LITTLE ROCK, Arkansas -- Former Arkansas Gov. Mike Huckabee's surge in Iowa has shaken up the race for the Republican presidential nomination, but it remains to be seen if the folksy Baptist preacher can extend his appeal beyond his populist roots.
The humorous and affable Huckabee largely went unchallenged by rivals while seen as an unthreatening dark horse, but he has faced criticism and closer scrutiny since a jump in the polls put him within reach of Iowa front-runner Mitt Romney.
The free-market Club for Growth has blasted Huckabee's tax hikes as Arkansas governor, conservative columnist Robert Novak has labeled him a "false conservative" and his rivals have challenged him on issues like immigration.
Even voters in his home state seem to be ambivalent.
While he had approval ratings of around 55 percent his last years in office, an Arkansas poll two years ago found voters opposed him seeking the presidency 44 percent to 43 percent.
Only 8 percent of Arkansans last month said they would vote for him as president, equal to Republican rival Rudy Giuliani, but well behind Democratic leader Hillary Clinton, Arkansas' former first lady, at 35 percent, a new Arkansas poll found.
"He's good with a joke, and we need some humor in politics," said Jan Hall, 33, a Little Rock receptionist. "But I don't know if he has the experience we need. I'm scared of what the economy's going to do, and this war ... what can he do about those things?"
Little-known outside his state and evangelical circles just a few months ago, Huckabee grabbed national attention with his surprise second-place finish in the Iowa straw poll in August, an early test of strength in the state that kicks off the nomination process for the November 2008 presidential race.
A recent ABC/Washington Post poll showed his strength jumping to 24 percent in Iowa, putting him in striking distance of former Massachusetts Gov. Romney, who garnered 28 percent. The transition to contender has brought closer scrutiny of his record as Arkansas governor from 1996 to 2007.
At home, Huckabee is often remembered as a tax raiser and spender. Some people say the spending was needed.
A POLITICAL TARGET
"I don't get a kick out of paying taxes, but who does? I guess when he raised taxes here he had to. The roads were falling apart and now you don't wreck your truck just driving," said Corliss Bennett, a Little Rock deliveryman.
But that record on spending, tax hikes and regulation is what has drawn the ire of many fiscal conservatives.
"Huckabee is proud of his tax hikes, his spending increases and his regulatory expansions as governor, and he has not indicated that he would govern any differently as president," the Club for Growth said.
Jay Barth, a political science professor at Hendrix College, said Huckabee's conservative populism was an Arkansas tradition, but was out of step with national Republican views.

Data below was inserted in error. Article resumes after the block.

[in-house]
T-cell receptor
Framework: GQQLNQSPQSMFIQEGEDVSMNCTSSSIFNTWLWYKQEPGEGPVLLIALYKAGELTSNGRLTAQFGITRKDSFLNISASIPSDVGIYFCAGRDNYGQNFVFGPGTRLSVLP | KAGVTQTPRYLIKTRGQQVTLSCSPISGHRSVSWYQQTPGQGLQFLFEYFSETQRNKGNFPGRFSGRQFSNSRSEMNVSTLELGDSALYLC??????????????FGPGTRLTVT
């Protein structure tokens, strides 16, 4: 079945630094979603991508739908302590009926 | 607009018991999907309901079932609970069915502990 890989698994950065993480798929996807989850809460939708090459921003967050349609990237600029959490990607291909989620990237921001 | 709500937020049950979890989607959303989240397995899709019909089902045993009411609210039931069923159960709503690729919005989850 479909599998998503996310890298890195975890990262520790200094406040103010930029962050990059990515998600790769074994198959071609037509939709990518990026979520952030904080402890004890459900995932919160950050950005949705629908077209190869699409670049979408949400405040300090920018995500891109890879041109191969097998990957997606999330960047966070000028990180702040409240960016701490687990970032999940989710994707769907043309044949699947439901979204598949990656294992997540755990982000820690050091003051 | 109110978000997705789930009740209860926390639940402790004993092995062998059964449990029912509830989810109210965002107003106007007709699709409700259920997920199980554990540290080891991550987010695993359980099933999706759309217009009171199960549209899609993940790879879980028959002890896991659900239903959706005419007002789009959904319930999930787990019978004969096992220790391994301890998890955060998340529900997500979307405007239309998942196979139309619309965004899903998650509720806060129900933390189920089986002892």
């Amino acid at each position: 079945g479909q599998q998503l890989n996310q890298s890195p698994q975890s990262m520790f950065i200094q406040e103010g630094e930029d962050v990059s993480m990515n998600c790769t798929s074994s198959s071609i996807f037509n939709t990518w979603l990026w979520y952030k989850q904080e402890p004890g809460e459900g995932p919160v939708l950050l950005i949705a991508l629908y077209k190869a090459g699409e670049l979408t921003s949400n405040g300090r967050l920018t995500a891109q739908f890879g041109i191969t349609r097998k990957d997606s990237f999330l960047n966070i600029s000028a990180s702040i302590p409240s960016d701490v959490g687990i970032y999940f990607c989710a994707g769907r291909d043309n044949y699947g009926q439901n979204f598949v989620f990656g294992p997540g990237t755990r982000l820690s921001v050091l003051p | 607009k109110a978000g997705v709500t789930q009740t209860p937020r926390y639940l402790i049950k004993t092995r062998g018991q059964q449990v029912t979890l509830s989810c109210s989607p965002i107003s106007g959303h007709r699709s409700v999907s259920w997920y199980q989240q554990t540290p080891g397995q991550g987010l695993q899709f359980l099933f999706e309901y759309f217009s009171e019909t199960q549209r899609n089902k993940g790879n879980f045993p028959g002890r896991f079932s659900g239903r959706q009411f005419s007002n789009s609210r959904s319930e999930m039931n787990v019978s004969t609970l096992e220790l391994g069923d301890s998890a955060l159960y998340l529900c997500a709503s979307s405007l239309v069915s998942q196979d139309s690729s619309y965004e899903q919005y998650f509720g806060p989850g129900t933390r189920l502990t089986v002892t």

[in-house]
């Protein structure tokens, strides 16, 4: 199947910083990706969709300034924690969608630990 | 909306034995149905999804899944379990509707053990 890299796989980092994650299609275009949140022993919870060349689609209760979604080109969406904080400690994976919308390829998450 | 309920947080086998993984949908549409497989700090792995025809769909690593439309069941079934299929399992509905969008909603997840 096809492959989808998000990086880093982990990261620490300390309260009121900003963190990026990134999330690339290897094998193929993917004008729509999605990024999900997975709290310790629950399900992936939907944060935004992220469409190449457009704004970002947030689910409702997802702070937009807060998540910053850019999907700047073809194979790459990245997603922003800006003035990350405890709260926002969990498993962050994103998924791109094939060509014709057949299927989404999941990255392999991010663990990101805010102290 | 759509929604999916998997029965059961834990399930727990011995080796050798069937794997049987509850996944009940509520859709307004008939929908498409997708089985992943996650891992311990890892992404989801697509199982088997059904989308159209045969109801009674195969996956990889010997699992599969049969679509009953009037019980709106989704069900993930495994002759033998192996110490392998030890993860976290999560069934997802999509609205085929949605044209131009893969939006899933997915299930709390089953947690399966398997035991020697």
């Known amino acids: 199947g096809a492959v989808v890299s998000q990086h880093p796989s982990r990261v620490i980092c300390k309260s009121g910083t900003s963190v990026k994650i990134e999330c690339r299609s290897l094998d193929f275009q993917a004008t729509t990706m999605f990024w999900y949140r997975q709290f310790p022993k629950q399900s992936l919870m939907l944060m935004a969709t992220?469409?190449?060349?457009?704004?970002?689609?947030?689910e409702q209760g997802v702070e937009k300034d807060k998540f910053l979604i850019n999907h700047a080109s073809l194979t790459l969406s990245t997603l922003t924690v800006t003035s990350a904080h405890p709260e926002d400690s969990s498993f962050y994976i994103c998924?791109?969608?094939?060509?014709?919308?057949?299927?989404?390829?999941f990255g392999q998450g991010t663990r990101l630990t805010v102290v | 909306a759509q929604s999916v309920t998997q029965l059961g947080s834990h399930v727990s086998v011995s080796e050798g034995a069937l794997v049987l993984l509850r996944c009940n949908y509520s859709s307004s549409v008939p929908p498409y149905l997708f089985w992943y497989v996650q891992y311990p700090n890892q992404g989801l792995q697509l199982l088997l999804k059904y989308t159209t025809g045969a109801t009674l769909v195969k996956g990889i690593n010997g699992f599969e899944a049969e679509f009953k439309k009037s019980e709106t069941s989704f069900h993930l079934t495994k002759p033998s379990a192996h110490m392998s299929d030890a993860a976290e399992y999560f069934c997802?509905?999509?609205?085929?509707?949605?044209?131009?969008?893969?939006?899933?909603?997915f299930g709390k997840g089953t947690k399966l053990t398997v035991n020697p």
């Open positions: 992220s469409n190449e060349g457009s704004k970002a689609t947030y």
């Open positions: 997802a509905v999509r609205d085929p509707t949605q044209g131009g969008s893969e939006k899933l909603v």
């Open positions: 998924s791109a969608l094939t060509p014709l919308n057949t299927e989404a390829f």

"He's someone who sees a role for government in taking care of the little guy -- meaning those who can't take care of themselves," Barth said.
Some of his policies went down well in the U.S. heartland.
Outdoor Life magazine, which claims a readership of 5.5 million, last week named Huckabee "one of the 25 most influential people in hunting and fishing" because of a conservation amendment he passed as governor that pumped about $26 million into the Arkansas Game and Fish Commission.
His religious background and his stance opposing gay rights and abortion have endeared him to much of the Religious Right, the Republican Party's conservative Christian base, which has yet to unite behind a single candidate.
There have been signs for some time that he was making headway among conservative Christians, tying Romney for first place in an October straw poll of Religious Right activists and generally receiving a thumbs-up from evangelical leaders.
His anti-abortion stance has hardened in the heat of the campaign. He once favored letting the states enact their own abortion laws, which would allow some to restrict it, but more recently he has said it is a moral issue that should not have 50 interpretations.
Such shifts are bound to be on the radar screens of his opponents at Wednesday's Republican presidential debate, where his new status in the race has made him a target.
"Huckabee is the one candidate who has pulled himself up to the point where he will be a target of attack by the frontrunners," said David Lester Epstein, a political scientist at Columbia University.
"He hasn't really been campaigning up until now because he had so little money," he added. "But if he does well in Iowa it will mean more money and momentum."
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